I am standing slightly beside myself today; I took half the weekend off even though The Bloody Throne is itching under my skin, desperately trying to gather enough momentum to lunge for the finish. This week will probably see the zero draft done if I can just work hard enough.
All this has taken such a toll on my productivity. I’m used to a bare minimum of two projects at once, three is where I’m most comfortable juggling, but now I can barely manage one at a time. The shifting between projects, usually so effortless, is like stripping each gear in a manual while you’re trying to get on the freeway.
In other words, it’s terrible and I hate it, hate it, hate it.
At least there’s no smoke. Rain has cleared the air and the local fires are out, I think. I have a bit of a cough and some nasal drip left over–at least, I’m blaming it on the smoke instead of the plague, because the latter is just too terrifying to think about even if I am in generally good health and taking my vitamin D supplements.
It would be nice to live in a functional country, but… here we are. I read a piece this past weekend about how America is already in collapse, and rather than sending me into the doldrums, it was the last piece I needed to sort of come to terms with all this. The thought “well, I did everything I could, I warned everyone who would listen, but now we’re strapped onto the rollercoaster and there’s no getting off, so I’d best make sure my seatmates are buckled in as well as I can make them,” is oddly soothing.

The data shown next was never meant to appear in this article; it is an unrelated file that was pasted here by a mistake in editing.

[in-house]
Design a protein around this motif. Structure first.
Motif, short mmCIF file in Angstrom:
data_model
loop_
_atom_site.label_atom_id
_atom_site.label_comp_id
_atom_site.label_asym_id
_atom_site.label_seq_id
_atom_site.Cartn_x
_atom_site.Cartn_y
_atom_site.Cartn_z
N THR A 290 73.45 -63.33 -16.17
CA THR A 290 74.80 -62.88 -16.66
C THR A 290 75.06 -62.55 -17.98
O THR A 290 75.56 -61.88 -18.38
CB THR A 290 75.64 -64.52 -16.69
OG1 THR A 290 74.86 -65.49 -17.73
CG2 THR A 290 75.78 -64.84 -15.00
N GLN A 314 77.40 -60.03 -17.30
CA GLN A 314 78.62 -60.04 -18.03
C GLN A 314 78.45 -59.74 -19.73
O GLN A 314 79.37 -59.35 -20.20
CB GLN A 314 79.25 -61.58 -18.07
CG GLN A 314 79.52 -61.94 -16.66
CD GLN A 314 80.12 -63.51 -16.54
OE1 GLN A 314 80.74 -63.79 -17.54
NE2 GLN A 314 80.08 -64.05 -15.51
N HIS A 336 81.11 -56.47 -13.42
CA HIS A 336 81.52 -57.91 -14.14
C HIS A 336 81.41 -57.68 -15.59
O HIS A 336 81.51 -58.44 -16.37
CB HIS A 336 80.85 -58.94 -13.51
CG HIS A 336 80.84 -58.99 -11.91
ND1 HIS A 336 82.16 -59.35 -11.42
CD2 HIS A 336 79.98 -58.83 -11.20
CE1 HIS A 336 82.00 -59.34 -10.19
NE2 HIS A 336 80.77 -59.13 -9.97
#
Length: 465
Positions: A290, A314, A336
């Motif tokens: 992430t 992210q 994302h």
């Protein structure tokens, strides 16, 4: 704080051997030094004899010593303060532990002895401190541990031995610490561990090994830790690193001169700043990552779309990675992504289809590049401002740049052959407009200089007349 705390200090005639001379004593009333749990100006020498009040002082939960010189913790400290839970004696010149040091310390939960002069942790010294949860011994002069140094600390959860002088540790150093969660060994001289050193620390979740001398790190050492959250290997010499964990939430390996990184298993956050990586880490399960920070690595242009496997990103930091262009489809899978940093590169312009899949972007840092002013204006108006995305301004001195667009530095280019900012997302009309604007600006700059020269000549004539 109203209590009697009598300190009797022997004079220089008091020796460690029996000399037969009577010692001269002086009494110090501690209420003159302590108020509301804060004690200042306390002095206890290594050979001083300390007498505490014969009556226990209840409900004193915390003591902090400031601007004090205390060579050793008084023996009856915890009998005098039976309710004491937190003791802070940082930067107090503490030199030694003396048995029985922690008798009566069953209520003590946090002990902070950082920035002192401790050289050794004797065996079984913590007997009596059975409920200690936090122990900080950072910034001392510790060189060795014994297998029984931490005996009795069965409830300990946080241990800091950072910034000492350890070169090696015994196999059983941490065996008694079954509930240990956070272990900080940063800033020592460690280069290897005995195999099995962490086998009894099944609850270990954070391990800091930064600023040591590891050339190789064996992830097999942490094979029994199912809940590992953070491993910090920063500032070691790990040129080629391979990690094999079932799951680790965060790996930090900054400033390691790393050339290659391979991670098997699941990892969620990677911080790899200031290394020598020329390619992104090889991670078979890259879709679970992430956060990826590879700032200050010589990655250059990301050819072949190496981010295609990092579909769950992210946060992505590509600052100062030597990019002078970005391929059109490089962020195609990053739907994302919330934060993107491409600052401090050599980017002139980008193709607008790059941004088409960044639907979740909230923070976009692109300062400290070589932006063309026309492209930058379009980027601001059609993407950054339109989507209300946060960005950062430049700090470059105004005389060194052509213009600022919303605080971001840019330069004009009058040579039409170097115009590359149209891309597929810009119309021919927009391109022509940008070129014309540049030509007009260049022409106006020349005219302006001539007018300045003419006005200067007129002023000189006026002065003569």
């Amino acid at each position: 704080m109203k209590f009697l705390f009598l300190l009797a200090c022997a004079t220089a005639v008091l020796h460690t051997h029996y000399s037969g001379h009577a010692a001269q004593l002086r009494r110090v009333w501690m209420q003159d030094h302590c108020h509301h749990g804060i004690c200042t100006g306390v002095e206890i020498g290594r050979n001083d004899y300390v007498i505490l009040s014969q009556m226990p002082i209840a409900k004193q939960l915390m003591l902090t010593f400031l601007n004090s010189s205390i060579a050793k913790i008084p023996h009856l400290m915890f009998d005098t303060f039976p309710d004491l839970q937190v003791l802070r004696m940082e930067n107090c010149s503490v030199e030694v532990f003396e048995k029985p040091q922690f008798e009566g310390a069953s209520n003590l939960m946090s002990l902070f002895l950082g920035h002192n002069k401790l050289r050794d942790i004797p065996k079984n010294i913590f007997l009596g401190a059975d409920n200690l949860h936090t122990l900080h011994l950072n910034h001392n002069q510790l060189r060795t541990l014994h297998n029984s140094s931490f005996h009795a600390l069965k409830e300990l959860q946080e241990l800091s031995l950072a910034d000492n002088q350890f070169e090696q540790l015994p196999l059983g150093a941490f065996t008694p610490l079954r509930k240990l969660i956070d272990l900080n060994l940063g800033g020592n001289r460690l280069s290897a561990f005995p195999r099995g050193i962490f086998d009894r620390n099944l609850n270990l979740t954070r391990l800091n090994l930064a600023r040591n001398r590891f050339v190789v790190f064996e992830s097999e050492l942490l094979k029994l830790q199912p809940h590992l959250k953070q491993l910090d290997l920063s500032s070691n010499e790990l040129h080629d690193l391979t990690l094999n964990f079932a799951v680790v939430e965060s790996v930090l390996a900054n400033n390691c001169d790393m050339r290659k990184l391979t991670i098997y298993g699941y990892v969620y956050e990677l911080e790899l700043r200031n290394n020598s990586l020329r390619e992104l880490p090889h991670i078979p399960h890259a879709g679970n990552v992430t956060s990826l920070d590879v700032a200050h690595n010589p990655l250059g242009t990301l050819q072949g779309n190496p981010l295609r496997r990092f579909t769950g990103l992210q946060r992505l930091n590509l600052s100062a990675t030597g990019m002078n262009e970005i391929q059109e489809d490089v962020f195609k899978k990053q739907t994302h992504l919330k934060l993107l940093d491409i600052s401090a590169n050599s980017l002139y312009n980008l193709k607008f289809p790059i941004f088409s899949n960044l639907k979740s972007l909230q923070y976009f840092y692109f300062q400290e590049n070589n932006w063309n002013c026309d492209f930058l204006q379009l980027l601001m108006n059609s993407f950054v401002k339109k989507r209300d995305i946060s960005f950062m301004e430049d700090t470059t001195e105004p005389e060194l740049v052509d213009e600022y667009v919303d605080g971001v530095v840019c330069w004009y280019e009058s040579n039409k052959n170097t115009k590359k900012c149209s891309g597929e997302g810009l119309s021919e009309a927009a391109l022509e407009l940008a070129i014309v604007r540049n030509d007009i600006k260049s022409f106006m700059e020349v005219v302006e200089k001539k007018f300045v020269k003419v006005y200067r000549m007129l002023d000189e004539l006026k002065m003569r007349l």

I was waiting for things to settle into the new normal, no matter how much I hate calling it that. Or, to be more precise, I was waiting for my emotional response to get through the few weeks that hit once I have scraped the bottom of my energy barrel responding to a crisis. The unsteady, gas-fume feeling of just waiting for a spark or a lit match has drained away to a deep, flinty determination to survive and carry those I love with me, so at least there’s that.
Grim determination in the face of disaster is definitely not my jam, but it’s familiar and I’m good at it. At least as a lifetime sufferer of anxiety and panic attacks, I feel relatively well equipped for all this bullshit; it’s somewhat soothing that for once my emotional response to events is absolutely not an overreaction.
…I had more to report, I suppose, but I’ve finished my coffee (I had to stand in front of my stove whispering “oh please, please give me caffeine” at my Moka pot this morning) and the dogs need walking. I long to jump straight into work, but I also need a run. This delicate emotional balance requires exercise endorphins to keep it afloat.
I even ordered new running shoes, since my old ones are getting worn and my back’s beginning to inform me I need more cushioning. (Some parts of getting old are less pleasant than others.) Which is a sign that some part of me believes there’s a future. Either that or I’m just swimming blindly until finality strikes.
Six of one, half a dozen of the other, I suppose. And since the air is all clean now, I might as well do a deep scrub on my lungs by hauling my weary self through another six kilometers or so. At least it feels good when I stop.
I’ve a dynasty-ending battle to write, not to mention a junior prince making a bid for another empire’s throne, and maybe a lady in waiting apologizing to yet another prince for a princess’s death. It’s going to be a long day, and I hope someone else in the house has an idea for dinner. I made cocoanut chicken curry last night, and it was marvelous, but there’s very little left and I suspect it’s going to be a week of “get your own supper because Mum is exhausted.” Fortunately, after fifty-plus books (I’ve decided to quit counting) the kids are used to that, and both are old enough to cook.
Happy Monday, everyone. Make sure your own mask is on before attending to your neighbors’, and take a deep breath. We’re still here, we still endure.
It will have to be enough.